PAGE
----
Benefits of Compression

 With our recent CEP sponsored Fun/Demo Run we thought it would be a great time to elaborate on what compression socks and sleeves can do for runners. Maybe you have thought, “Do compression socks and sleeves really work?” or “I wonder if compression gear would help my shin splints or calf cramps?” This blog is meant to address what benefits compression can have for you and what conditions are appropriate and helped by these products.

Compression socks and sleeves provide graduated compression, meaning the compression is higher (tighter) at the foot and ankle and lower (looser) as it moves up the calf and lower leg. This type of compression helps to fight the effects of gravity and assist the body in venous return (circulation).

With injury recovery, compression can help by reducing swelling in the injured areas. Compression technology has been proven to limit swelling, especially in people who spend all day on their feet and even for those who are planning to run half, full or ultra marathons.

Studies show that with an ideal level of steady compression the walls of the arteries will dilate, increasing the blood flow through them (40% during exercise and 30% during recovery/inactivity). This means additional oxygen and nutrients will be flowing through the body.

Furthermore, the walls of the veins will constrict under compression, increasing the speed of blood flow and circulating nonaerated blood and lactic acid back to the heart faster. This will help to quicken the rate of recovery and lower muscle soreness.

Compression will also help to immobilize the muscle and decrease the amount of muscular vibration, resulting in decreased fatigue on the job or during your workout.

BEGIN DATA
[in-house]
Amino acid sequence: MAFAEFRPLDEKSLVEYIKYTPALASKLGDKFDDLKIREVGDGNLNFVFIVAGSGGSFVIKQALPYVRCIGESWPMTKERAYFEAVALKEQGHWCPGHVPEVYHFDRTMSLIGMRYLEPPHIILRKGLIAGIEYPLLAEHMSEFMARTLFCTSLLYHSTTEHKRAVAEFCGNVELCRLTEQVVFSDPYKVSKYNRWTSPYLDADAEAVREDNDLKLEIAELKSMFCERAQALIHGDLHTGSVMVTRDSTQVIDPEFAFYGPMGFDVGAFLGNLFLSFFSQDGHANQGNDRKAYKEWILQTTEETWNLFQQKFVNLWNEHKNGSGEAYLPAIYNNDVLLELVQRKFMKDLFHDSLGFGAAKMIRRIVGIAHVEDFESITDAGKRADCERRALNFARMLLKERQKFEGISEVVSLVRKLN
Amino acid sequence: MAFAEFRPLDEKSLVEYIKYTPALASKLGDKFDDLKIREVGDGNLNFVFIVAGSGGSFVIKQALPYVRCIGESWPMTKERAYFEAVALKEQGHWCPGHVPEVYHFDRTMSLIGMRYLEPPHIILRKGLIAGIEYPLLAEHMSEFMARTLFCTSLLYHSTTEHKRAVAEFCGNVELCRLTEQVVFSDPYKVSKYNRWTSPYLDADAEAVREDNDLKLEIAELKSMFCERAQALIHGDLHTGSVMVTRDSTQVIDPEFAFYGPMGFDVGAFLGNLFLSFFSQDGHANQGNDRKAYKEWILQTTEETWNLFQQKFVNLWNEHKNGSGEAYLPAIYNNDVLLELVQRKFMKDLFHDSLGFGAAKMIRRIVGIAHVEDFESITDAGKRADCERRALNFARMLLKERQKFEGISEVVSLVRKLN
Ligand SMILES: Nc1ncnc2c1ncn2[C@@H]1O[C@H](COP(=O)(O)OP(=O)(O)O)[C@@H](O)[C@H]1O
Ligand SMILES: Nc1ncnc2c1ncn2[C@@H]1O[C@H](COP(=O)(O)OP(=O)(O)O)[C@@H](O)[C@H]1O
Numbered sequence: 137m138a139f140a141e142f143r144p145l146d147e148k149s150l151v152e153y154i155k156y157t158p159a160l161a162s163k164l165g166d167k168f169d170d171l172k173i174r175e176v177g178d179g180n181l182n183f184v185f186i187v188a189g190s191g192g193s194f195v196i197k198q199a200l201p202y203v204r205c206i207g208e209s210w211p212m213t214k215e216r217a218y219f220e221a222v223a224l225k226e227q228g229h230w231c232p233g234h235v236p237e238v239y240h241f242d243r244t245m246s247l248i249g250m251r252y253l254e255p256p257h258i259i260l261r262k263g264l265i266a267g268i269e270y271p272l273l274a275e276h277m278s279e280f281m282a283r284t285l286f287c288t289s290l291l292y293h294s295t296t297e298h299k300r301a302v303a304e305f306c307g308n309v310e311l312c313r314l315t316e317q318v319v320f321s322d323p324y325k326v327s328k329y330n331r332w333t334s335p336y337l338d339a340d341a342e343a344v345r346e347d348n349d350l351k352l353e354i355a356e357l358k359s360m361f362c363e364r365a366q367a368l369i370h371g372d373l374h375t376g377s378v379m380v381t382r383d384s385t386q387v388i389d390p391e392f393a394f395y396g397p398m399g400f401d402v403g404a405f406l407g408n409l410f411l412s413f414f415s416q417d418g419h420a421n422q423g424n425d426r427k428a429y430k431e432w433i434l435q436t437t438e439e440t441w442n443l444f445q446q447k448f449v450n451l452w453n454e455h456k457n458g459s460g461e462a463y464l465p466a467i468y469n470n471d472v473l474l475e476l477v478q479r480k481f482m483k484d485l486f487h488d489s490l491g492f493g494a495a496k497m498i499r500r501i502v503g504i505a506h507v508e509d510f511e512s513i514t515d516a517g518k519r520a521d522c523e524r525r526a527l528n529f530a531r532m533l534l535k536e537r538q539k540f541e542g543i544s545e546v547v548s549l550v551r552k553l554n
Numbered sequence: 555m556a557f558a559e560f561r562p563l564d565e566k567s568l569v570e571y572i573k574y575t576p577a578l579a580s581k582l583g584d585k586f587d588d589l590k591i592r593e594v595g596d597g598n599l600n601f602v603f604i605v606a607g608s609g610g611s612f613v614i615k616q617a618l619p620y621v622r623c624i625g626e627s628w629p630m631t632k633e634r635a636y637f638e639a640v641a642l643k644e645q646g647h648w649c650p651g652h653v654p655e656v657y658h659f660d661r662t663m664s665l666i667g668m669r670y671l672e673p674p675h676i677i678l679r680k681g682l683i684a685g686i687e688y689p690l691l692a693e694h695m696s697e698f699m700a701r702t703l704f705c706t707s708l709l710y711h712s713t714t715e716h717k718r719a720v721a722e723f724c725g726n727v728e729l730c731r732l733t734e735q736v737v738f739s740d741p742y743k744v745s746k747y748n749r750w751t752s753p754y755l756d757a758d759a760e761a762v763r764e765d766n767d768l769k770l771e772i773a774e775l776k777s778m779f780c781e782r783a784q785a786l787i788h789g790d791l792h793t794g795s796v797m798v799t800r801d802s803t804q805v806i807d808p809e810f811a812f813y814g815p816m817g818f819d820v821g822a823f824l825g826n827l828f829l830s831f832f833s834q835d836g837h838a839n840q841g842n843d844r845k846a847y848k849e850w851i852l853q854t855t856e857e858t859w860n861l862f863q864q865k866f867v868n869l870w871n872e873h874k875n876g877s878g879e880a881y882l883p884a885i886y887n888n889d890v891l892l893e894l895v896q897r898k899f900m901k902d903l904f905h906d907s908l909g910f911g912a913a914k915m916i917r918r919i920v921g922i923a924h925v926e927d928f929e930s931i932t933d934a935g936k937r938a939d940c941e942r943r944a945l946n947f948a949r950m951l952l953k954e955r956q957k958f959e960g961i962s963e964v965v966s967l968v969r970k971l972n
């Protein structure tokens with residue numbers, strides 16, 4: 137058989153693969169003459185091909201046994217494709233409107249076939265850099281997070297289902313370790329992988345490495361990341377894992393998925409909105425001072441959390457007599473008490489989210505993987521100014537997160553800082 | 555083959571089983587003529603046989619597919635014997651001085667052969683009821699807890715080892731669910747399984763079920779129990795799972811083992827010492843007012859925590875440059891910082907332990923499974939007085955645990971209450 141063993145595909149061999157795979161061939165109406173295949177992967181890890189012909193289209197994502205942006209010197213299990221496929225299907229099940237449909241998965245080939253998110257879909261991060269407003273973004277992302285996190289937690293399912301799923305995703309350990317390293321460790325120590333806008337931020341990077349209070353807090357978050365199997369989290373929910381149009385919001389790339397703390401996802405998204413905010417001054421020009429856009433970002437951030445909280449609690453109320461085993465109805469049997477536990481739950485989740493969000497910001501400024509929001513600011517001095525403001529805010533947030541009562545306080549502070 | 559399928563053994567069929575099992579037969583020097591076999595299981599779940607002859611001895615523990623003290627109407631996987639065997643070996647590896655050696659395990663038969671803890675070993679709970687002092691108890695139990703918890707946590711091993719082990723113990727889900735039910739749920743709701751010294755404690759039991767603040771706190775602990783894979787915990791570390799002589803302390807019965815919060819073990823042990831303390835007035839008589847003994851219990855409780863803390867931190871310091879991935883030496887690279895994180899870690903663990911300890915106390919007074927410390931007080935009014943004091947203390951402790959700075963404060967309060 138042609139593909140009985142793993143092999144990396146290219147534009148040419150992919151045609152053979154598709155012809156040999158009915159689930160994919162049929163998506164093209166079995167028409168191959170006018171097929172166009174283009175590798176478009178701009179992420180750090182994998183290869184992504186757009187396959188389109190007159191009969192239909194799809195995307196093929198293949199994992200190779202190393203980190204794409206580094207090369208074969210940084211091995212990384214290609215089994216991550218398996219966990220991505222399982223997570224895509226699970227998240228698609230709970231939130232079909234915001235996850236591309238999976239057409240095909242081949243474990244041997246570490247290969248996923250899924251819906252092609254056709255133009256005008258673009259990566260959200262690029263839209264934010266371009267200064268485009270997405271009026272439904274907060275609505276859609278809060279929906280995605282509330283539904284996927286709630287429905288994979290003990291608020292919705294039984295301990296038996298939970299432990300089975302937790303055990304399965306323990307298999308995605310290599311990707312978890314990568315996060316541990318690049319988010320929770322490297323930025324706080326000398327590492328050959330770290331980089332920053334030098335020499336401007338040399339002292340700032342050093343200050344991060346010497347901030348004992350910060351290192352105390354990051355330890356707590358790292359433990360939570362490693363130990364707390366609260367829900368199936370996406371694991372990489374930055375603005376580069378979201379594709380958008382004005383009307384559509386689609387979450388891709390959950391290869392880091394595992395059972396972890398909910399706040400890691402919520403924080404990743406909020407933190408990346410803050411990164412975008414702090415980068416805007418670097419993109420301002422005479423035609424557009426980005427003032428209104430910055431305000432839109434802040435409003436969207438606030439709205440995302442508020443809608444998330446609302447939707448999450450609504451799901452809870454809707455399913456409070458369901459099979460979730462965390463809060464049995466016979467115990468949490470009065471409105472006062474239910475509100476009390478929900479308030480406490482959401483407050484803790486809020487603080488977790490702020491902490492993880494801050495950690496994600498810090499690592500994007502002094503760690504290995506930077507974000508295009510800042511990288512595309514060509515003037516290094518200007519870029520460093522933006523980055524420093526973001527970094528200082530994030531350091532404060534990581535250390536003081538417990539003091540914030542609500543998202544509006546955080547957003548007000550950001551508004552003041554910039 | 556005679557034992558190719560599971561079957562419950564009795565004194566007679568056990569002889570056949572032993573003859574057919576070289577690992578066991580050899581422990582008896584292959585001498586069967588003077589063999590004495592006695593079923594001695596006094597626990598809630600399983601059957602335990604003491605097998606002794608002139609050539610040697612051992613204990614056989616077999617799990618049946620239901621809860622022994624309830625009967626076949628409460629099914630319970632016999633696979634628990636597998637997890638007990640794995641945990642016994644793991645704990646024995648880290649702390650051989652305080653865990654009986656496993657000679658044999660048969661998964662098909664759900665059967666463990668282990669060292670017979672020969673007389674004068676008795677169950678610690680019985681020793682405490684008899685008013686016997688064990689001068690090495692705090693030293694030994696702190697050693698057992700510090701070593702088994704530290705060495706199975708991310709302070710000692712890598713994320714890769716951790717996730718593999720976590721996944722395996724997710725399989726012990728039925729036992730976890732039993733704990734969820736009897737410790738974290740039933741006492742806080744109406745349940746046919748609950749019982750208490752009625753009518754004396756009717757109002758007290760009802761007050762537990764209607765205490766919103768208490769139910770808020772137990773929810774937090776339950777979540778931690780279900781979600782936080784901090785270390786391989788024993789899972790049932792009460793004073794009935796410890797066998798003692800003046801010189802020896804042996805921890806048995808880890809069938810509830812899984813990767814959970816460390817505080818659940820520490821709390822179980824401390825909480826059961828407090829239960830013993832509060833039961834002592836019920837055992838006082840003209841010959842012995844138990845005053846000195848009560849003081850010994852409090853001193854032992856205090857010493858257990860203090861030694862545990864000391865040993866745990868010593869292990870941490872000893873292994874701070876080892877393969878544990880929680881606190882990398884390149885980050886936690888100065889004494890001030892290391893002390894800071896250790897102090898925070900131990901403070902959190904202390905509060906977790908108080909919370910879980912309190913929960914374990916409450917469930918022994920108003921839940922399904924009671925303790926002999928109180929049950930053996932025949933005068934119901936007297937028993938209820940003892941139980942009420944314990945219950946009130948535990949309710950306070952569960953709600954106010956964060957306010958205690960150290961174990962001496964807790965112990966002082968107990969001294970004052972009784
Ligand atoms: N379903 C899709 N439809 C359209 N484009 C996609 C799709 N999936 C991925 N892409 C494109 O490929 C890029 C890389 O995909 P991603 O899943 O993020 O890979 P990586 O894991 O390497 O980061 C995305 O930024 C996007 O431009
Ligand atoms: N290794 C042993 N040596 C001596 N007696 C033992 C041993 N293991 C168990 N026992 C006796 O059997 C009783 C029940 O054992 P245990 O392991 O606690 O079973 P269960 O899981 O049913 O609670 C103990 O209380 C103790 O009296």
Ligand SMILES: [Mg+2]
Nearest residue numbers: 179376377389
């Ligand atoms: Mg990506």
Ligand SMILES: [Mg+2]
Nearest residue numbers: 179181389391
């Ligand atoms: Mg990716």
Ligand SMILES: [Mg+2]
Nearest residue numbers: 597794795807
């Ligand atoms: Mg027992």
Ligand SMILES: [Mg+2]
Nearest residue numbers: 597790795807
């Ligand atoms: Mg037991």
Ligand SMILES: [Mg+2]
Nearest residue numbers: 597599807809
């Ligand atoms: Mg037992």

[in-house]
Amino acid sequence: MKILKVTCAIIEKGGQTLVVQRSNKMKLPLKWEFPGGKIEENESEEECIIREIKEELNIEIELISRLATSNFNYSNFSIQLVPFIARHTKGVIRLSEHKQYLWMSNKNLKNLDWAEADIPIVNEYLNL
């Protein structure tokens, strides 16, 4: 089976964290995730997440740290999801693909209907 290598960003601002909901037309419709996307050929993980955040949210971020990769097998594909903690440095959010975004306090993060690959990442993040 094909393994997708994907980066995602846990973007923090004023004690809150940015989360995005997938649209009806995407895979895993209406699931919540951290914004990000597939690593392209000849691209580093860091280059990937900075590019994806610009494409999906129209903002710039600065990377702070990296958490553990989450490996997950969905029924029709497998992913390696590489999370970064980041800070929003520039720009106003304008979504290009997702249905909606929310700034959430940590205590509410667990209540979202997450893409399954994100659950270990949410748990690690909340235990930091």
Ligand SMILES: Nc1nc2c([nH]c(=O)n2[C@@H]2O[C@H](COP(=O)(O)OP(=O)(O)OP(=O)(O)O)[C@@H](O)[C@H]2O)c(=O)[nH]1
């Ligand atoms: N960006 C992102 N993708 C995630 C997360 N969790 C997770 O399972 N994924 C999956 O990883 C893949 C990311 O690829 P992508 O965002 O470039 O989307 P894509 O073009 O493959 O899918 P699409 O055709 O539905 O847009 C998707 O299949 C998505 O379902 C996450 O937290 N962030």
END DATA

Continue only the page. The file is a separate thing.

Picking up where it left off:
Compression can also aid people who have to be stationary due to traveling, such as to and from races or on business trips.  On the job, people who sit at a desk for long periods of time, or sit in a plane or car for an extended period of time can wreak havoc on the blood flow in their legs. Let compression assist your veins in getting that blood out of your legs and back to your heart.

Now it's time for the big question:Should I wear socks or sleeves?

This answer depends on a few factors:

If you have an injury that involves your arch, ankle, or lower Achilles tendon, you are going to want to wear a sock to cover the injured area.

If you have an injury that is up higher, a sleeve should be fine.

Another factor to take into consideration is what type of sock you like to wear.

If you have a few pairs of high grade poly blend socks, such as Balega or Feetures, that you absolutely love and prefer not to run without, then you would probably enjoy the calf sleeve more because it allows you to wear your favorite socks along with it.

If you are going to be using the compression product for recovery, you should wear the sock. Remember that graduated compression. You wouldn't want to have irritated/swollen feet and ankles because the blood couldn’t flow past the firmness of the bottom part of a compression sleeve. 

Plus, we know a trick for getting that tight sock on easilyDon't let that sway your decision.

Throughout your day, remember what compression can do for you: enhanced performance through increased blood flow, faster recovery, diminished muscle soreness, and lessened fatigue.

We carry the full line of CEP compression socks and sleeves, including the ultra-light line for the summer which has 20% less material to keep you cool!

Come let us help you start feeling better!

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